James: I have to admit I thought I didn't have a chance. I'd seen Brad's power numbers on Zwift and I know how hard he trains and the hours he puts in. On paper he is a much faster rider. We've also talked a fair amount about kit and how much I stop etc so I felt like I didn't have much of an advantage there. I figured he would be minimising stops as much as me. I guess the only advantage I had was having confidence I could ride that distance. My strategy was to just put in a consistent ride and not make many mistakes and ride at an intensity I could sustain and just maybe Brad would not be quite so fast over the distance. Like I said before, I actually thought we would be racing in the same direction so my strategy was to let Brad ride off at the start and slowly try to catch him. Then maybe go for a sprint finish, haha! I did a bit of prep on kit and route planning etc as I thought I might have a slight advantage if I was a bit more prepared going in.

Bradley: James is an absolute diesel engine that just goes, and goes, and goes. I knew he'd hardly stop at all, and that's what worried me because I was about to tackle the furthest distance I'd ever ridden in one go, on or off-road! I knew I'd have to set a good pace and push where I could because I knew I'd be stopping more than him, which I did. I knew I had the legs to push, I started the year with a pretty dedicated training plan - but that training plan was tailored for racing crits and at the track, not ultra-endurance. So there was certainly an element of uncertainty heading out on this one from my side.

Thanks to a UK heatwave in the week leading up to the race, you were blessed with sun-scorched hard pack instead of the typical muddy British conditions. Did this effect your bike/kit choice?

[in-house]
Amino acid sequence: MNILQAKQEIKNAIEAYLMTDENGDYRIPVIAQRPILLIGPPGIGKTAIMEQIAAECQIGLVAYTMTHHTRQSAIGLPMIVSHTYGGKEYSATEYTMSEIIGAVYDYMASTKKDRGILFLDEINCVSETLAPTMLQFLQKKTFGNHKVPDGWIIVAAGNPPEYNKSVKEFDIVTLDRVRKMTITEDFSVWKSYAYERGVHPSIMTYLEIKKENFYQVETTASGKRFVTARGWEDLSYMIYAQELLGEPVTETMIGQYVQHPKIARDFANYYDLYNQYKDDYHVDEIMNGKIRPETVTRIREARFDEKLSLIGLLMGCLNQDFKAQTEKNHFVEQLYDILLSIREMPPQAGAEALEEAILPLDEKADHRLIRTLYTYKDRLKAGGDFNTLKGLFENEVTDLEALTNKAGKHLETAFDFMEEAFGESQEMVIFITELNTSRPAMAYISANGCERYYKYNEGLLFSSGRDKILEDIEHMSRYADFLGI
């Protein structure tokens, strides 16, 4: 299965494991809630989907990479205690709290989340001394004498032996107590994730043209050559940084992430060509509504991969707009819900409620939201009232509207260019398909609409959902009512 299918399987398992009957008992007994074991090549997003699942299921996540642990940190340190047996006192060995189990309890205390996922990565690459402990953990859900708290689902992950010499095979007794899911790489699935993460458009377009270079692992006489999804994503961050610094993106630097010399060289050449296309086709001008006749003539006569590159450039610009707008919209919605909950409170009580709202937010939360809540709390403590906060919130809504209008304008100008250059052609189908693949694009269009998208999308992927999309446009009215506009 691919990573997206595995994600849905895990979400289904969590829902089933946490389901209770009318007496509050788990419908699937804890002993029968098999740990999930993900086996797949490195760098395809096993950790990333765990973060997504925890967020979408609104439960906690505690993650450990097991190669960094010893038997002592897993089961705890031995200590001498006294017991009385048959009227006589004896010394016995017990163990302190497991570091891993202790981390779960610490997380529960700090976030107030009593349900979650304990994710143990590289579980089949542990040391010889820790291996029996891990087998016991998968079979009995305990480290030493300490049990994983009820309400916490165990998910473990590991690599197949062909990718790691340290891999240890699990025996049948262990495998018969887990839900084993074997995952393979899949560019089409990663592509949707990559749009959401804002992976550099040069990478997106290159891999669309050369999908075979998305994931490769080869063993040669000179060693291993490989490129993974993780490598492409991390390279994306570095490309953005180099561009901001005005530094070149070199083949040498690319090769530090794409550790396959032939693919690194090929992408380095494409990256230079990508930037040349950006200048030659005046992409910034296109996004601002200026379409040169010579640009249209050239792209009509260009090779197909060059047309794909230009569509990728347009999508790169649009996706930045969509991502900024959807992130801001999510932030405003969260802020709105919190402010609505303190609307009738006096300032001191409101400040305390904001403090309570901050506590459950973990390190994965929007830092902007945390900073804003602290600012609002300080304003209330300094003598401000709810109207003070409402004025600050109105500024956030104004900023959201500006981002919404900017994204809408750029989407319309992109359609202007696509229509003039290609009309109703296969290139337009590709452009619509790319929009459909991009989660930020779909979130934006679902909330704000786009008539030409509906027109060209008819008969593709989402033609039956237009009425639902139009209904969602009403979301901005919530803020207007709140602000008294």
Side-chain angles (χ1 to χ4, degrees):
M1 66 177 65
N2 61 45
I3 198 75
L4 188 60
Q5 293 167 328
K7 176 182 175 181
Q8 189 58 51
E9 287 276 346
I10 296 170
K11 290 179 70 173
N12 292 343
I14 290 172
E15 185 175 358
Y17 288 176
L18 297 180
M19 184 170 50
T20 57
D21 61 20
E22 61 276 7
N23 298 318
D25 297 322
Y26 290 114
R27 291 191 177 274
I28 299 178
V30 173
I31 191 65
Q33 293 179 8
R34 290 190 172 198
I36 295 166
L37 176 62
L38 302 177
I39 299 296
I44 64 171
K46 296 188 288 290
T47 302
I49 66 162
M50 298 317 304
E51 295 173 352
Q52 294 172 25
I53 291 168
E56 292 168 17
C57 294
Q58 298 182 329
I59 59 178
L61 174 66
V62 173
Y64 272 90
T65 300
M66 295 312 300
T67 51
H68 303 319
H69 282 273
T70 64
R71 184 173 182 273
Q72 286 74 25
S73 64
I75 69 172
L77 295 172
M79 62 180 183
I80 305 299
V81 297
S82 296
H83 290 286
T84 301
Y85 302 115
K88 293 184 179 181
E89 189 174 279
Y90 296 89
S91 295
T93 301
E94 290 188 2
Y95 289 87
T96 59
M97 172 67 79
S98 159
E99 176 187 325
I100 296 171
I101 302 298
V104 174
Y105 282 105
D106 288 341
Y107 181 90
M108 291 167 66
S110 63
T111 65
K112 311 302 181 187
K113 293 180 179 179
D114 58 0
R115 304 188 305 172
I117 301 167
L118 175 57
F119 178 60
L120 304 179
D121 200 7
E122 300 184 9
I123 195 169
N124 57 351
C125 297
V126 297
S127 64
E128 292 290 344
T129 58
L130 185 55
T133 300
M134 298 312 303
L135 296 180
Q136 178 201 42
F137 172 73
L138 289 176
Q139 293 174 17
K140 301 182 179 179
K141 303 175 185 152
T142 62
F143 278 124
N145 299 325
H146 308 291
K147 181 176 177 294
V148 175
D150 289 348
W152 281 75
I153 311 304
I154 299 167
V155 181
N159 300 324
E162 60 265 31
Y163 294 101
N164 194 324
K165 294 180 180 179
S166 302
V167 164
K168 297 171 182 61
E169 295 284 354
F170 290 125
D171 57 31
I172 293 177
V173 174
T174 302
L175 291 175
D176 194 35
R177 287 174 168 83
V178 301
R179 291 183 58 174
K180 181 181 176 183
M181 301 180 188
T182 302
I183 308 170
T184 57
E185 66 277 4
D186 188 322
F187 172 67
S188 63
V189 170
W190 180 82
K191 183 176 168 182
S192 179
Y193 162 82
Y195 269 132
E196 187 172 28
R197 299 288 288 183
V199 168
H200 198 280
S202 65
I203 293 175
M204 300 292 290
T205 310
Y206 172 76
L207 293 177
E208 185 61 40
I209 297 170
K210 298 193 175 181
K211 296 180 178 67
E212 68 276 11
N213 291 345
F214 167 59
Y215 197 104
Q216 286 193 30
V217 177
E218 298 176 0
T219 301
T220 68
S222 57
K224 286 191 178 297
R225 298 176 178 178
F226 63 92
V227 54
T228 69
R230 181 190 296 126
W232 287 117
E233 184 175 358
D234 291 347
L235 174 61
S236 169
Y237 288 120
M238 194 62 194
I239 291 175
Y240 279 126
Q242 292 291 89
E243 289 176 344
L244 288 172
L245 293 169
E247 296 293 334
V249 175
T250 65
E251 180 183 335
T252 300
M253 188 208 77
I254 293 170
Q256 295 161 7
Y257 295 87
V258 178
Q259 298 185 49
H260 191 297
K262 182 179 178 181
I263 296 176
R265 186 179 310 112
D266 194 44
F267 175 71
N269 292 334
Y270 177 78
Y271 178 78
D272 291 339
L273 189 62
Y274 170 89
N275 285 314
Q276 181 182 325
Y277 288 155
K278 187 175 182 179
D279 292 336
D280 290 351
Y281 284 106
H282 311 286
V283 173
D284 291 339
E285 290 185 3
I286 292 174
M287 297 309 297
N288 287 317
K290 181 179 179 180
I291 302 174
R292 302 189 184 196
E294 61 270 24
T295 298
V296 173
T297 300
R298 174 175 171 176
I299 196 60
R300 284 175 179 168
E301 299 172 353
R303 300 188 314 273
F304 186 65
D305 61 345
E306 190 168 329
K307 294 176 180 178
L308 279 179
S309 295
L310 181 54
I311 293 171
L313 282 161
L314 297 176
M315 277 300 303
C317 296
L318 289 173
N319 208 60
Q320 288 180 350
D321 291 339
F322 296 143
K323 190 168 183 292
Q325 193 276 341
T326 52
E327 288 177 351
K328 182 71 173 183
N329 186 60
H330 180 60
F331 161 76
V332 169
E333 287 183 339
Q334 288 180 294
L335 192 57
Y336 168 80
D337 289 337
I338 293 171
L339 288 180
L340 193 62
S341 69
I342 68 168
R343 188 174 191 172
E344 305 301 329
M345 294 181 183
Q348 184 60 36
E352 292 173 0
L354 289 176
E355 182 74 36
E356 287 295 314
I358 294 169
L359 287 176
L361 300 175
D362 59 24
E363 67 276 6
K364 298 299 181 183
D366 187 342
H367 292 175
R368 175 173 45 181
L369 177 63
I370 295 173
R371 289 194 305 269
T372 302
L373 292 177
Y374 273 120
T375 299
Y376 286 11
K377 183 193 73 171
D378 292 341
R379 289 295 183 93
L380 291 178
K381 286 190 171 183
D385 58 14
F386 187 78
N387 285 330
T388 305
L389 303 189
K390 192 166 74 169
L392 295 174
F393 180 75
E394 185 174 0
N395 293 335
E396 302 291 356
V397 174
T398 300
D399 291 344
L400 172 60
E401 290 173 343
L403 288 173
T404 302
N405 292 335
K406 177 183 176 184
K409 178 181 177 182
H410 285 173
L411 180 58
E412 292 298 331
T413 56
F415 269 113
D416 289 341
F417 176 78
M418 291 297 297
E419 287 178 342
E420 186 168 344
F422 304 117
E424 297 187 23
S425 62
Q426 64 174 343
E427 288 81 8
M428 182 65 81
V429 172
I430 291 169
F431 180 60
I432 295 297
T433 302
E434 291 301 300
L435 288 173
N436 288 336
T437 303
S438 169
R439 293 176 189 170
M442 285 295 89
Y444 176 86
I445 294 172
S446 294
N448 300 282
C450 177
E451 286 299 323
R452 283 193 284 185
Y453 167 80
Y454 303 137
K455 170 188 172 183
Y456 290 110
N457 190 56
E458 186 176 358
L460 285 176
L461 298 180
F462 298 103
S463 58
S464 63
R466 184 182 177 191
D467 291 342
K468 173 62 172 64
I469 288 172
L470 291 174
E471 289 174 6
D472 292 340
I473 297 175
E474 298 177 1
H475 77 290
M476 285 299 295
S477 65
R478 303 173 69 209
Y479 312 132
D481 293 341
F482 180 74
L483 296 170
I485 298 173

James: I think a gravel bike would have been fine for the route and conditions, but I love my hardtail. I think it's way more fun on the descents, more comfortable, and I really don't think the penalty for riding a hardtail with suspension is that significant on a route like this.

Bradley: So, James and I recce’d part of the route over Christmas (it was wet, very wet) and at that point, I was running a Trek Checkpoint with 40mm Hutchinson Toureg tyres and it was safe to say, I struggled HARD. James was on his hardtail MTB and was loving life, so after that day I knew I'd have to hunt down a second-hand hardtail from somewhere as there was no way I was taking on the route with a gravel bike.

Even with the drier conditions, I still believe a hardtail MTB is the right choice. The route is pretty gnarly in sections, the Ridgeway particularly rattled me even on the hardtail - not sure I'd want 3 hours of that without a suspension fork.

Were you in contact during the race? Presumably you crossed paths at some point - was there time for a cuppa and a catch-up or was it a swift hello and good luck?

Bradley: We literally met on a path bang on halfway, we must've stopped for about 30 seconds to ask how it's going, and then cracked on. That's pretty much the only time we were in contact until we finished. I may have looked at his Instagram every now and again to see what he was up to, but apart from that, we just rode our own race. Well, I did anyway.

James: Yeah not much contact apart from a quick chat and photo halfway. It was a race after all. I did check the tracker a few times to see where he was.